Pigs are social animals, and in small groups a relatively stable dominance hierarchy will develop. Once established, this is better described as an avoidance order, as sows lower in the hierarchy tend to retreat from dominant sows. Much social interaction, and most aggressive interactions, take place at feeding. Low-ranking sows can experience difficulty in gaining access to food, especially if floor-fed over a limited area. The nature of social contact is affected by group size. In small stable groups (10 or less) an established avoidance order can be maintained. In very large dynamic groups, stable sub-groups can be maintained. Levels of sow welfare are probably lowest in dynamic groups of intermediate size (roughly 10-40 sows), although having a boar present may help to minimise aggression in intermediate groups. The upper limit for a group of sows to form a stable avoidance order is not known.

Sow welfare in specific systems

The layout and management of dry sow housing systems is determined largely by the feeding system, hence systems are grouped according to feeding method. Those indoor systems involving simultaneous feeding are outlined below. For detailed information on costs and sample layouts readers are referred to the Pig Welfare Advisory Group Leaflets, references PB3083 to PB3092 inclusive. (DEFRA Publications, Admail 6000, London SW1A 2XX. Tel: 08459 556000).

Floor feeding

Sows Floor Feeding on Straw
  • Groups of sows can be fed manually, or semi-automatically using dump or spin feeders. Sows can forage for food and the hierarchy is maintained through social contact.
  • Dump and spin feeding involves filling dispensers suspended above the group via an auger. Once or twice a day food is dropped onto the floor, either falling in a circle from the dispenser (dump feeding) or being thrown out over a larger area (spin feeding).
  • If access to food is restricted (for example, by dump feeders dispensing feed near walls or corners, or space allowance being low at feeding) access to food may be difficult for some lower-ranking sows, and social contact may consist largely of aggressive interactions at feeding.
  • Providing an undisturbed lying area may be difficult if food is dropped onto the bedded area.
  • Sow welfare is enhanced in floor feeding systems if group size is low, groups are stable, space allowance at feeding is generous, and a separate lying area is provided.
  • As well as leading to social instability, the use of larger groups makes it more difficult to match sows by size and condition.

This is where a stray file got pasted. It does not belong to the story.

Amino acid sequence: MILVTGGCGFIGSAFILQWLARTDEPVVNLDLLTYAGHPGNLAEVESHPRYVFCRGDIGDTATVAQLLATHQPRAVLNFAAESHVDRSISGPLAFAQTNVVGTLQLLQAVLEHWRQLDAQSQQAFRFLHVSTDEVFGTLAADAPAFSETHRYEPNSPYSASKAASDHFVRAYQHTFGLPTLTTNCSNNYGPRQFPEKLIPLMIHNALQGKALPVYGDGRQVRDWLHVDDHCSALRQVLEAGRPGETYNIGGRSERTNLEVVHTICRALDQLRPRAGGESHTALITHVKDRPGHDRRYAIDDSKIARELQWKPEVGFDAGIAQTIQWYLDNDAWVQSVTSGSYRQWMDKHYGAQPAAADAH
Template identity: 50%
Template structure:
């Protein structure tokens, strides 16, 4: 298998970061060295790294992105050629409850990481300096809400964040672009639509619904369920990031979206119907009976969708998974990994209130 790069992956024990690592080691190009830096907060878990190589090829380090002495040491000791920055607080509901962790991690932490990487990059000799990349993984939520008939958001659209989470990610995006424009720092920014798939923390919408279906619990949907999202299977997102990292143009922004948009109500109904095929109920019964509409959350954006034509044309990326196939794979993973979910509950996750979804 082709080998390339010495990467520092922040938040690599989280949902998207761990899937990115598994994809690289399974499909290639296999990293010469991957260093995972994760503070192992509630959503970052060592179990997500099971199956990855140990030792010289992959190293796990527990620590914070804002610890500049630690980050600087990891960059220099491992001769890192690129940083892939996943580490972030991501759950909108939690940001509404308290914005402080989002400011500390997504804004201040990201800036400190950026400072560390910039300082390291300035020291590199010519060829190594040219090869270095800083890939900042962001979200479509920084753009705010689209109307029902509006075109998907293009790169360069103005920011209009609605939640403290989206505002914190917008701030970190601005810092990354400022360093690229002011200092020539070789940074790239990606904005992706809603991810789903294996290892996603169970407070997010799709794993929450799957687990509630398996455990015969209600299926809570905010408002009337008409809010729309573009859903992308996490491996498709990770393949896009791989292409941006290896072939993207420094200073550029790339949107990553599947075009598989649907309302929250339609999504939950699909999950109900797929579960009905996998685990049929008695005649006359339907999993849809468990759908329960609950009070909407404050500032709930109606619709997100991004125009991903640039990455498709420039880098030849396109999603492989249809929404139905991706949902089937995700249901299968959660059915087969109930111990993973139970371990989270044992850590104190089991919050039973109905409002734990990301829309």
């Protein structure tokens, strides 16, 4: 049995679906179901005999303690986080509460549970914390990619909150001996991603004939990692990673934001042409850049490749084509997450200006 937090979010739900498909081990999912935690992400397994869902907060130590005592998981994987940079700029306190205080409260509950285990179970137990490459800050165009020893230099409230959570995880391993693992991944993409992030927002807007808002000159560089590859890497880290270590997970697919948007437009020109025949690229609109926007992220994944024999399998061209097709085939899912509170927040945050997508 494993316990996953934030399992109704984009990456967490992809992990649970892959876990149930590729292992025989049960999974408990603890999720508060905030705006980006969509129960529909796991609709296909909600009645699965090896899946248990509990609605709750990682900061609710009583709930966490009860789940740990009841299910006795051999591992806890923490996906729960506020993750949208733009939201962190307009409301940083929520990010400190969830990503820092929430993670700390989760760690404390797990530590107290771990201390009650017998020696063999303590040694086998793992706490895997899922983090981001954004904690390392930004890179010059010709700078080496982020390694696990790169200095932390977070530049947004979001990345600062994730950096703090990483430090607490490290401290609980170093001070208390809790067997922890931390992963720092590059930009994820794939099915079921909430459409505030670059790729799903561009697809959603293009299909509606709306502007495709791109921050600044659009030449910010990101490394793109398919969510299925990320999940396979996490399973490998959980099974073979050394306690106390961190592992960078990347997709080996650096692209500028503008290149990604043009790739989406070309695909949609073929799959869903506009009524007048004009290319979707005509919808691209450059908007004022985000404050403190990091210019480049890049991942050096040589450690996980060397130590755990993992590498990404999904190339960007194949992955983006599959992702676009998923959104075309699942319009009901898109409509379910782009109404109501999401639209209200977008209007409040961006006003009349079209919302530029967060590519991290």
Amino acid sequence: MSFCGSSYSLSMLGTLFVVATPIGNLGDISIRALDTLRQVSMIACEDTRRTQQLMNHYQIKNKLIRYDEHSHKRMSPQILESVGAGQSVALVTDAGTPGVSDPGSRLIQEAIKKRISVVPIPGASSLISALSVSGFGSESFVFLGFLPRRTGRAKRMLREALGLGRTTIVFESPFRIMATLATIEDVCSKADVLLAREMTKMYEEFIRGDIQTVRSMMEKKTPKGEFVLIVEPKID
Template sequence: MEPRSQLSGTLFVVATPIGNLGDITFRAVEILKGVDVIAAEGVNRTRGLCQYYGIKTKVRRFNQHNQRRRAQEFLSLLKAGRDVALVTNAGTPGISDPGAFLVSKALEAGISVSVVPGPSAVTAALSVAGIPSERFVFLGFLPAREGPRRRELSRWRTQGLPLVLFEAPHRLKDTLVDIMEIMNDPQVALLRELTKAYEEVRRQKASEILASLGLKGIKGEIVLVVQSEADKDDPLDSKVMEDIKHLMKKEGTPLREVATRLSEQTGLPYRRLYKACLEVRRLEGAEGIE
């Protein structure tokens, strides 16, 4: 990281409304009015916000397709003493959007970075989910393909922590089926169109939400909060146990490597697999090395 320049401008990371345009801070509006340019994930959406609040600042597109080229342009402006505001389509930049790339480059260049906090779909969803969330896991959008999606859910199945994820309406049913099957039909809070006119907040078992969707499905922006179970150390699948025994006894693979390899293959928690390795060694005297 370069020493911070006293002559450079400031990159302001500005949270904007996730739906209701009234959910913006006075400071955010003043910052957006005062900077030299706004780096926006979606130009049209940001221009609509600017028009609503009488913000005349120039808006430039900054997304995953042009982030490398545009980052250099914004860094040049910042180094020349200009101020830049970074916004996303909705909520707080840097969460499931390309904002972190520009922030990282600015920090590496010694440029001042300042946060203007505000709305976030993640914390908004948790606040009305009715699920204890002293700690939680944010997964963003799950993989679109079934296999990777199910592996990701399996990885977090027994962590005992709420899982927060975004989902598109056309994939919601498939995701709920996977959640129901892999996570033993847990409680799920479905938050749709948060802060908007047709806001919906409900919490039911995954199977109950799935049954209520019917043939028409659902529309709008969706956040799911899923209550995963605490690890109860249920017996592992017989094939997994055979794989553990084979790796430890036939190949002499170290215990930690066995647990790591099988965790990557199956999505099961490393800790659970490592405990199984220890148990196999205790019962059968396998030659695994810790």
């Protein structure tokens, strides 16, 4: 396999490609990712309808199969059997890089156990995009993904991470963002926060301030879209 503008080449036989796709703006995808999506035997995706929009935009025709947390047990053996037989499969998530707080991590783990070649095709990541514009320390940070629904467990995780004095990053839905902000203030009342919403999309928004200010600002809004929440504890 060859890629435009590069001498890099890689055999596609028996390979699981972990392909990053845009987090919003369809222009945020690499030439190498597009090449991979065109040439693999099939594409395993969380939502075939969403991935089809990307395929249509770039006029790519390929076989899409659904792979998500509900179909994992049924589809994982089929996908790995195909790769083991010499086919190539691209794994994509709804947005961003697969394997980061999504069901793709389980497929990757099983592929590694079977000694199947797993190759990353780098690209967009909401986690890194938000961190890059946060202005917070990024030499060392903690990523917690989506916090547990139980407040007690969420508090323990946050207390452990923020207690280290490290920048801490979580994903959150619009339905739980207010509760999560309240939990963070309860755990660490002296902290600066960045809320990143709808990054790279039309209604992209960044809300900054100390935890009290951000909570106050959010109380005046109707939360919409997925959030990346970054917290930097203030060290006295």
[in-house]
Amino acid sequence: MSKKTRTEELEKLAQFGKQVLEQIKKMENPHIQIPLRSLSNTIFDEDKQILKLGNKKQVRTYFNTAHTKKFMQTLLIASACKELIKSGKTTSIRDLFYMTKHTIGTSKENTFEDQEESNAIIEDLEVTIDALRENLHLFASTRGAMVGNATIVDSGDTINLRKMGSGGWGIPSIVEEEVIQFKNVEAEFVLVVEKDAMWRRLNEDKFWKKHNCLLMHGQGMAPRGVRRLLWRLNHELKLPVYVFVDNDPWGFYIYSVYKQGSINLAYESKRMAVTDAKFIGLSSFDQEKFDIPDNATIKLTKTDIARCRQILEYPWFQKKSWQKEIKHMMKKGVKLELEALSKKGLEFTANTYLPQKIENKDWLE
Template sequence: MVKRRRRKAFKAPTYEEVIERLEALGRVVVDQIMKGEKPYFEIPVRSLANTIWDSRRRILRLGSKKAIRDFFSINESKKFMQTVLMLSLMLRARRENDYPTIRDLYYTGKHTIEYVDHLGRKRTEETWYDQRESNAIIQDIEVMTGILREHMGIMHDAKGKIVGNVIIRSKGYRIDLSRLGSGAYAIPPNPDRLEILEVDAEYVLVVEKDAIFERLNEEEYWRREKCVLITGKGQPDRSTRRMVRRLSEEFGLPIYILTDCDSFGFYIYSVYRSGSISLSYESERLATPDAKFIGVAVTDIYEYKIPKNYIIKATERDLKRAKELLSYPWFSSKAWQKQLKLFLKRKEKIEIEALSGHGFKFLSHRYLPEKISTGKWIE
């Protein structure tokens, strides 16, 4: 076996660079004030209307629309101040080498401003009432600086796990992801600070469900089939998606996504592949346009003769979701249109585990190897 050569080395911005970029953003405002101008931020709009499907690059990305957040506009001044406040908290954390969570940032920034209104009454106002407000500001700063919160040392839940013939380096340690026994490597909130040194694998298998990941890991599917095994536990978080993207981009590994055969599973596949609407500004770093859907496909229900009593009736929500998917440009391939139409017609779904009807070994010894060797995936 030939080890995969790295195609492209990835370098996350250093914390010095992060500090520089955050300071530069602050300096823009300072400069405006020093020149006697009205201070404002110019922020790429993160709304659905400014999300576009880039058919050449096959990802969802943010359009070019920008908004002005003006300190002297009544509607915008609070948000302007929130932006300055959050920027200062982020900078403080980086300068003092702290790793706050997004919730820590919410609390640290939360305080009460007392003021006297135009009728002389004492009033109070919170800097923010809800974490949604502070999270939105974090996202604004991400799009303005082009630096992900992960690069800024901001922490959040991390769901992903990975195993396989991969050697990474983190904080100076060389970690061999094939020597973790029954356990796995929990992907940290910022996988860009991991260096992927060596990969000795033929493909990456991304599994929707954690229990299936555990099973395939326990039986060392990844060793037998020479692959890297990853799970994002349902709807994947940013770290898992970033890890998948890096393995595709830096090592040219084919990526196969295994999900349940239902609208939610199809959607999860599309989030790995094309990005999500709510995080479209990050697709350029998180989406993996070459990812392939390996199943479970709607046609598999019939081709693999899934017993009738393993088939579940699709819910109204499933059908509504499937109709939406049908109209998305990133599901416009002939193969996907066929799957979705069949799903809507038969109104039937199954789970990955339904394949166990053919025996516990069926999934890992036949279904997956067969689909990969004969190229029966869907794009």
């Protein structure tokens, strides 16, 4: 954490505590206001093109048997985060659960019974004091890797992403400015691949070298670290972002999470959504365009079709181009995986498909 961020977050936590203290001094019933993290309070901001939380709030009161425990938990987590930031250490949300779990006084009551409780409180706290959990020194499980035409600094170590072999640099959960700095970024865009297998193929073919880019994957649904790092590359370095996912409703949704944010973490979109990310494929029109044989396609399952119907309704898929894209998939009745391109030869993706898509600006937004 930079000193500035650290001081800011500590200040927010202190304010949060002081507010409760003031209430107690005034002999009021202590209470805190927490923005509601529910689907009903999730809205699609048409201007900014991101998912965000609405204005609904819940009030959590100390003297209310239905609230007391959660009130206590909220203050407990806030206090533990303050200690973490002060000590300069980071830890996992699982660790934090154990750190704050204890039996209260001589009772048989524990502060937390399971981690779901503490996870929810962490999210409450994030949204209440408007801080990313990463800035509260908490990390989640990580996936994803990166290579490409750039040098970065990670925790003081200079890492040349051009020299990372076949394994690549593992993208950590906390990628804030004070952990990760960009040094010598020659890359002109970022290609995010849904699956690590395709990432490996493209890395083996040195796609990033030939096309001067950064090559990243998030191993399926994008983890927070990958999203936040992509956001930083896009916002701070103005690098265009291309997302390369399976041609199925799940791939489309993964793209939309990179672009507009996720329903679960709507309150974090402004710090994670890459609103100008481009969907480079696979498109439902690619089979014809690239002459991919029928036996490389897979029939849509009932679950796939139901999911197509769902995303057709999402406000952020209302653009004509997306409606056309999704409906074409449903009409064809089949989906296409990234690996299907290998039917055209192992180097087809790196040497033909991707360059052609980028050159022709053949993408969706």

Trough feeding

Sows Trough Feeding
  • Trough feeding systems range from those providing no barriers (which are rare) to those with locking feed stalls which separate and protect the sow at feeding. Providing some protection at feeding reduces aggression.
  • Partial barriers and free access stalls do not provide complete protection, but aggression and changing of feed places can be minimised by the use of “fixing” sows to trough spaces, or by liquid feeding.
  • To “fix” sows to individual spaces, feed is delivered by auger to each feeding place at a rate which should allow the slowest feeding sow to eat, while “fixing” faster eating sows to their feed place to await the next trickle of food.
  • Liquid feeding allows ration to be consumed quickly, and there is no benefit in changing feed place, as any time away from the trough reduces the time available to drink the communal ration.
  • Some trough feeding systems (for example, cubicle systems and some free-access stall systems) offer a combination of lying and feeding area. However, ability to turn round without difficulty at all times must be taken into account.
  • As with floor feeding, the use of small stable groups helps to minimise aggression and allows matching of sows for size and condition.

Simple conversions

  • A simple conversion involves converting an existing stall and tether system to group housing. Interest in these conversions has arisen as result of the ban on close confinement housing. In effect, these provide free-access feeding stalls with limited extra lying space outside the stall area.
  • They can work successfully, but ease of removal/addition of sows, ensuring simultaneous feeding, and complying with the Regulations in terms of space allowance all need to be considered when converting a building not originally designed to house sows in groups.

Assessing sow welfare in specific systems

It is possible to draw conclusions about, for example, protection at feeding being beneficial for sow welfare, but this does not help producers to assess their own systems. For example, a producer who has opted for floor feeding wants to identify strengths and weaknesses in his or her system, and is not helped by general comparisons with other systems.